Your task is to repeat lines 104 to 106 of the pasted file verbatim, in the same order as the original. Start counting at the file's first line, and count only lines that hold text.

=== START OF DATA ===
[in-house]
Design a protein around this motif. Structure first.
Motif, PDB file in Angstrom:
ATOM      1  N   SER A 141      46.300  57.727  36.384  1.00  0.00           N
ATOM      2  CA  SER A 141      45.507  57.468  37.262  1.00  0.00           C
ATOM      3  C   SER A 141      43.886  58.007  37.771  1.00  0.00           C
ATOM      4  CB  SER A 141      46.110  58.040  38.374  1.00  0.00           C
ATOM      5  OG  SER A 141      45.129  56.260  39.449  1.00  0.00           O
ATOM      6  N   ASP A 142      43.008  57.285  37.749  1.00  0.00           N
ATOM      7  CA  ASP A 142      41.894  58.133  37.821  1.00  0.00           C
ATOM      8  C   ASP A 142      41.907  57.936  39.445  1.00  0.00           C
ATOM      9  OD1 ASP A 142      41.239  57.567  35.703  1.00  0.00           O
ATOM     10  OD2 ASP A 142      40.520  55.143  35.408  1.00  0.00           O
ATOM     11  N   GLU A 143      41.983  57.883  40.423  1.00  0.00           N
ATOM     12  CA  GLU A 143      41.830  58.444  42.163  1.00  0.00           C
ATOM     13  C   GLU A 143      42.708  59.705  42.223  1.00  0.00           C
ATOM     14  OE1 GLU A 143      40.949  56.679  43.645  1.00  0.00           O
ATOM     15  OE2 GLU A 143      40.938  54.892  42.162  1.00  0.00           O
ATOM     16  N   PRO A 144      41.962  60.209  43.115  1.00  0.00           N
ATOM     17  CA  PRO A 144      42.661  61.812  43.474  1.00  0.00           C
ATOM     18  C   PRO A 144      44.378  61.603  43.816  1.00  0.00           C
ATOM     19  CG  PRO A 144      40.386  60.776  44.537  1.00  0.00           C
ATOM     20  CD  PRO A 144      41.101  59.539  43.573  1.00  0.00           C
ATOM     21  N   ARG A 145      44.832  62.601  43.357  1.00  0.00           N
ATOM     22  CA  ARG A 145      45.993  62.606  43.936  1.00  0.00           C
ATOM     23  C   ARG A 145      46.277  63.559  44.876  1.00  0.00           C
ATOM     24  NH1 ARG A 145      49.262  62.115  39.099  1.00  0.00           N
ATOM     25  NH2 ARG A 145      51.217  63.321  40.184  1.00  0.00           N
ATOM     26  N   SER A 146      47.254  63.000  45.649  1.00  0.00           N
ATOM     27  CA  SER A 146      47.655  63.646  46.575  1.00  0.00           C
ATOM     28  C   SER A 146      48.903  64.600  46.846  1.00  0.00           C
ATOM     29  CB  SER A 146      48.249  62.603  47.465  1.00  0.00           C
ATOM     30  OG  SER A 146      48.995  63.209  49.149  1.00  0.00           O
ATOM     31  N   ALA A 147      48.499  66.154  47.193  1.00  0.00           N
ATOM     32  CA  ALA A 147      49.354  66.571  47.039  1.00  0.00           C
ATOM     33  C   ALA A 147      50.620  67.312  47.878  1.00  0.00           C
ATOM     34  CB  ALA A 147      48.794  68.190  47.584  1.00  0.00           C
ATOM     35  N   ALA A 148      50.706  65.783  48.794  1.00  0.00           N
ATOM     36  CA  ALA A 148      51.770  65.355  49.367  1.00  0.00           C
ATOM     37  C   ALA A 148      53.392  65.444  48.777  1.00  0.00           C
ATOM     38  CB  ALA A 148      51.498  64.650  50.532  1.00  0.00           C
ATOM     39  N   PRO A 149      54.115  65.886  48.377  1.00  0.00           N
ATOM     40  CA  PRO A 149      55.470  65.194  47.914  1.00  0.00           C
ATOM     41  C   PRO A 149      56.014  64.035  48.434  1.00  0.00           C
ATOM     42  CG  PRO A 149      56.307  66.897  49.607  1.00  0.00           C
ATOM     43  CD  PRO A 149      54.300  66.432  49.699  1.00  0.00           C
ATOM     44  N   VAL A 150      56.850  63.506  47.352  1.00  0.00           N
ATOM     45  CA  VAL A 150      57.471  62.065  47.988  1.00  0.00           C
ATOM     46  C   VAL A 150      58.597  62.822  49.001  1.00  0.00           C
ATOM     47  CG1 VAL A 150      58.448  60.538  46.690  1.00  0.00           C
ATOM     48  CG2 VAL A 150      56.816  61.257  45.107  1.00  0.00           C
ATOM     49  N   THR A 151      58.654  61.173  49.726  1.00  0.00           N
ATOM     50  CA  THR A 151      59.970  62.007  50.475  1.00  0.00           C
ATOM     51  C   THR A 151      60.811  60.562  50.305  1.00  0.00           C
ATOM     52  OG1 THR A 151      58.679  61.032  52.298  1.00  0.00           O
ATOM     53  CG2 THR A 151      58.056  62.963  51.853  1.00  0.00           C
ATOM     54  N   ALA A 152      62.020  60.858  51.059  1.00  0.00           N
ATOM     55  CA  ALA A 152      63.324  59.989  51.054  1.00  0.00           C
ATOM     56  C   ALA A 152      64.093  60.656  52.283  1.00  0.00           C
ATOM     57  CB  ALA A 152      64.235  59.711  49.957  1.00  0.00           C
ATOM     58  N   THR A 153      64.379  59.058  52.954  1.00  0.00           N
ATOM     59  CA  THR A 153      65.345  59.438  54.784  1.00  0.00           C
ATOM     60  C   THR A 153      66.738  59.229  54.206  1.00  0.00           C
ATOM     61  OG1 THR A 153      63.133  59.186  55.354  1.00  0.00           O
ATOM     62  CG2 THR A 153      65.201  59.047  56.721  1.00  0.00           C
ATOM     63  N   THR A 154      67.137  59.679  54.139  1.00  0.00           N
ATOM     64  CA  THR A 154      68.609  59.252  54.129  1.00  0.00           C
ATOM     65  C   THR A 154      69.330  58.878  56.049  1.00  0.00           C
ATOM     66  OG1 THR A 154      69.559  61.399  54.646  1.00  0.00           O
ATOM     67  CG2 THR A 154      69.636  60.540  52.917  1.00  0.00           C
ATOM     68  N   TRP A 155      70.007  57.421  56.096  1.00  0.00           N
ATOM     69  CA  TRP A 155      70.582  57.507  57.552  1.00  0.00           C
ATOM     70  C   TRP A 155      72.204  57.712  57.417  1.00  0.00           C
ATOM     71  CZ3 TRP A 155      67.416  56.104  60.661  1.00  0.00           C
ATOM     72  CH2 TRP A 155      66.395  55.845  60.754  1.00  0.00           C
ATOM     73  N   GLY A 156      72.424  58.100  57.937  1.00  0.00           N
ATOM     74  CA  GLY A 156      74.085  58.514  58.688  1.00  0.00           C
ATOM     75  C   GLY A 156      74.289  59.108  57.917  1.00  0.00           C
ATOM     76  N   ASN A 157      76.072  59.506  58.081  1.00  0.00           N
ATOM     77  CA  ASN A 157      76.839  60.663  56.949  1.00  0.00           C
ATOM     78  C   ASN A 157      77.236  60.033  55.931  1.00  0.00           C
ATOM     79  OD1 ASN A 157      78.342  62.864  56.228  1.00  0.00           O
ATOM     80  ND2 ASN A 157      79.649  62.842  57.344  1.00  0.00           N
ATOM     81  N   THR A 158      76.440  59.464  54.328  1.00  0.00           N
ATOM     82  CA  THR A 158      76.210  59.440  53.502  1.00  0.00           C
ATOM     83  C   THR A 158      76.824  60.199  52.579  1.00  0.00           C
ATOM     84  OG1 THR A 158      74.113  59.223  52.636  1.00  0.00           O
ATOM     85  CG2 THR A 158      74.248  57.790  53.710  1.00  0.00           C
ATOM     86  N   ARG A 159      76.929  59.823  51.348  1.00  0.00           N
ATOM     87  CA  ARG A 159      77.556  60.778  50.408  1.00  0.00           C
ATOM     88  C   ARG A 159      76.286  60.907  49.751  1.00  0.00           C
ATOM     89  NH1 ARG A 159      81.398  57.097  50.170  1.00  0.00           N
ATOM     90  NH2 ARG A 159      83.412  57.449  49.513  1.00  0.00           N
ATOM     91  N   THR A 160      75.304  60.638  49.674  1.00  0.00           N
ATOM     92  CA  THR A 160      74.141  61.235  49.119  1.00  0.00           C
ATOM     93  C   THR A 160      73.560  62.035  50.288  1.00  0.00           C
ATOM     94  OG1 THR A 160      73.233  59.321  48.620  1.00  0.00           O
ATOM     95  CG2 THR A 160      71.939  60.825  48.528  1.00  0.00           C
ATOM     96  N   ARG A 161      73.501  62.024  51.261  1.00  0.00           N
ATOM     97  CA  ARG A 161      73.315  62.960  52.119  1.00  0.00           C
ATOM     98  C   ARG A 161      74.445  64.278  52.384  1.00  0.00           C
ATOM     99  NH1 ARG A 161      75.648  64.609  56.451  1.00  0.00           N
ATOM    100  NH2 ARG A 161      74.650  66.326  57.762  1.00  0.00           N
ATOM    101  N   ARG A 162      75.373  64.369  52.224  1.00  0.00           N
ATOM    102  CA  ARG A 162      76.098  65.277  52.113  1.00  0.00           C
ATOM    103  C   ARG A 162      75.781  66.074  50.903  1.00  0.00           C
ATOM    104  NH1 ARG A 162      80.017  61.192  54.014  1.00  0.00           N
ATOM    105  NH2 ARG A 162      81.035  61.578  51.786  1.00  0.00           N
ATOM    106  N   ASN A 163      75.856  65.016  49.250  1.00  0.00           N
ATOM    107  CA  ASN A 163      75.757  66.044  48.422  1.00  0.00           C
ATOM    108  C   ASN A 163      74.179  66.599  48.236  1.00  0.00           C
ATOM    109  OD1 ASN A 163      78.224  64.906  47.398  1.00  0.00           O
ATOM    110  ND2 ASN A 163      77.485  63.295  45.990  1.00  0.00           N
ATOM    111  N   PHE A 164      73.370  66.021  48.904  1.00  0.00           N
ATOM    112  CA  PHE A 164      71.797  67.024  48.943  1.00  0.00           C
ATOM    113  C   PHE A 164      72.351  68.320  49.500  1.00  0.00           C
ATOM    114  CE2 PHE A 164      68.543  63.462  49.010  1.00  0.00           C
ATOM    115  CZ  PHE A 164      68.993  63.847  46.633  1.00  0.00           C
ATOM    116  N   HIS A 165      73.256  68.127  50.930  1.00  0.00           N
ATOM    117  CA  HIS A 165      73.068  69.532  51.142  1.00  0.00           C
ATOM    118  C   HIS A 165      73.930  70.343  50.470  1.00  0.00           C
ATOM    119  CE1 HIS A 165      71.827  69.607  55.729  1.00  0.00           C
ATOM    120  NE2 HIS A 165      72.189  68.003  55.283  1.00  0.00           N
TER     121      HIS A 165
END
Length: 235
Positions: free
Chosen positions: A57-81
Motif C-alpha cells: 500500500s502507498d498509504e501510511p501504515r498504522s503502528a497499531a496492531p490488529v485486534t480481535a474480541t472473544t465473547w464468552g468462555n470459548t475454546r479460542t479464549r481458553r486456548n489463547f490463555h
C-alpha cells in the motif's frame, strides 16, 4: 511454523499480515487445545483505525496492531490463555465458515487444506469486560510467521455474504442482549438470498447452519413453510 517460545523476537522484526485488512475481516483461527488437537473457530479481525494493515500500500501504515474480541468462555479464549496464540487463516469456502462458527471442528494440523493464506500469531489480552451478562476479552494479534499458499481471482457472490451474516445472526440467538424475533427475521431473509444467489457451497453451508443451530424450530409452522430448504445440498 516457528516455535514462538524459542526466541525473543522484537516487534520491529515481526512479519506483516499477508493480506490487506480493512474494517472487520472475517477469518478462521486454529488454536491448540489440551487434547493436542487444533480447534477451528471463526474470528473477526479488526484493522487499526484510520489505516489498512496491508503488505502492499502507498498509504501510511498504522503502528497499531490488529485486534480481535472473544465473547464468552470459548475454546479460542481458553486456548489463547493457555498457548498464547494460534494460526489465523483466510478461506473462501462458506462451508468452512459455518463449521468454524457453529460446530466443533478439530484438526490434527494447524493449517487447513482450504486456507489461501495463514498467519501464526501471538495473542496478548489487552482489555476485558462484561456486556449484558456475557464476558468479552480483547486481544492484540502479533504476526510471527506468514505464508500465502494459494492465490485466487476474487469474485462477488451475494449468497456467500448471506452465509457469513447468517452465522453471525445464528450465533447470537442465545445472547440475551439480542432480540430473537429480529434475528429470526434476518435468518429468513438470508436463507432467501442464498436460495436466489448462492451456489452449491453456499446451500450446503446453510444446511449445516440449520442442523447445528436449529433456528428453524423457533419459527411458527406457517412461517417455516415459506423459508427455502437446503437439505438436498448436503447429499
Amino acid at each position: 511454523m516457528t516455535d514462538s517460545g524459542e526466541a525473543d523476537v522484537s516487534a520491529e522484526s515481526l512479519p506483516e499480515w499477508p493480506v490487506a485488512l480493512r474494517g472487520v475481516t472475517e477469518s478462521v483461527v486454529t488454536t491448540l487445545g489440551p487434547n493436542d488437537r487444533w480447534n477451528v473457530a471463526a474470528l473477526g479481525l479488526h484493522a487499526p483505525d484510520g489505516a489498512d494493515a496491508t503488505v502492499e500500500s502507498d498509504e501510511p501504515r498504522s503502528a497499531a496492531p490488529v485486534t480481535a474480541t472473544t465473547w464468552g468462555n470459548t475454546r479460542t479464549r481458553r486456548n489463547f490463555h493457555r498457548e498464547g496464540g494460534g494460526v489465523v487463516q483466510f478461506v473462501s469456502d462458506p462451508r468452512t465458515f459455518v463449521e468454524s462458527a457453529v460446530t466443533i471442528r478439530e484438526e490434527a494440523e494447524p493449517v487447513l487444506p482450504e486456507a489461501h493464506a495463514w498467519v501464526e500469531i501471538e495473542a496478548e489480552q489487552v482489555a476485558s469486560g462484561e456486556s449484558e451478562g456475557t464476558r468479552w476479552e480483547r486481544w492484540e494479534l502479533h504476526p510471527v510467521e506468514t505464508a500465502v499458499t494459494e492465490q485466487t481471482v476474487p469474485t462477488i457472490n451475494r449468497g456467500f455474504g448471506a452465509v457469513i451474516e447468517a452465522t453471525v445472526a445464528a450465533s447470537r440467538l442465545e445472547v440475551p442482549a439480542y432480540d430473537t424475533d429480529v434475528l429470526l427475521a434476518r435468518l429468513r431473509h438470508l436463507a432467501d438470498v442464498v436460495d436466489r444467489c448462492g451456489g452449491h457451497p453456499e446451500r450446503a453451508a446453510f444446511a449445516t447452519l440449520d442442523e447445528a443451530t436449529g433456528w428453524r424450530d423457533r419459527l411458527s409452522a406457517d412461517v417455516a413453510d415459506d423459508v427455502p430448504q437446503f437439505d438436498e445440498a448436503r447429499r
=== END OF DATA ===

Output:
ATOM    101  N   ARG A 162      75.373  64.369  52.224  1.00  0.00           N
ATOM    102  CA  ARG A 162      76.098  65.277  52.113  1.00  0.00           C
ATOM    103  C   ARG A 162      75.781  66.074  50.903  1.00  0.00           C